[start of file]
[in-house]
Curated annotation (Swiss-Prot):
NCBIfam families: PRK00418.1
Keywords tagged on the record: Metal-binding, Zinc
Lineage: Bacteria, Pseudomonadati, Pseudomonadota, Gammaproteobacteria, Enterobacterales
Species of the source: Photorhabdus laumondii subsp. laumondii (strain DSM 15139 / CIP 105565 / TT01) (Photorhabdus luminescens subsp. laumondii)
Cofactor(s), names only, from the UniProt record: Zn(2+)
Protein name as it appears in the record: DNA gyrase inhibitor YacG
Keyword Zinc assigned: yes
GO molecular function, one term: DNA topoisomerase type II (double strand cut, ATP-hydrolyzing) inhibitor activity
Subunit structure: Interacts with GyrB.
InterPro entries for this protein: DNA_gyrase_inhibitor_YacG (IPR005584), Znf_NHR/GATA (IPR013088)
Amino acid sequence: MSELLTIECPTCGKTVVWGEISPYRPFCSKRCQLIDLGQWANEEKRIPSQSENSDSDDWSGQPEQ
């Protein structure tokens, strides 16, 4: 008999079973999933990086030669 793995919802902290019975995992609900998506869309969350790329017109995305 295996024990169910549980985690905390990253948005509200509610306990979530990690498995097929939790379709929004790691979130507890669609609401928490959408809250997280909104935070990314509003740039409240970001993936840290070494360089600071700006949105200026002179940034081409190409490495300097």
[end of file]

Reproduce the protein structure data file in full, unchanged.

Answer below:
[in-house]
Curated annotation (Swiss-Prot):
NCBIfam families: PRK00418.1
Keywords tagged on the record: Metal-binding, Zinc
Lineage: Bacteria, Pseudomonadati, Pseudomonadota, Gammaproteobacteria, Enterobacterales
Species of the source: Photorhabdus laumondii subsp. laumondii (strain DSM 15139 / CIP 105565 / TT01) (Photorhabdus luminescens subsp. laumondii)
Cofactor(s), names only, from the UniProt record: Zn(2+)
Protein name as it appears in the record: DNA gyrase inhibitor YacG
Keyword Zinc assigned: yes
GO molecular function, one term: DNA topoisomerase type II (double strand cut, ATP-hydrolyzing) inhibitor activity
Subunit structure: Interacts with GyrB.
InterPro entries for this protein: DNA_gyrase_inhibitor_YacG (IPR005584), Znf_NHR/GATA (IPR013088)
Amino acid sequence: MSELLTIECPTCGKTVVWGEISPYRPFCSKRCQLIDLGQWANEEKRIPSQSENSDSDDWSGQPEQ
């Protein structure tokens, strides 16, 4: 008999079973999933990086030669 793995919802902290019975995992609900998506869309969350790329017109995305 295996024990169910549980985690905390990253948005509200509610306990979530990690498995097929939790379709929004790691979130507890669609609401928490959408809250997280909104935070990314509003740039409240970001993936840290070494360089600071700006949105200026002179940034081409190409490495300097």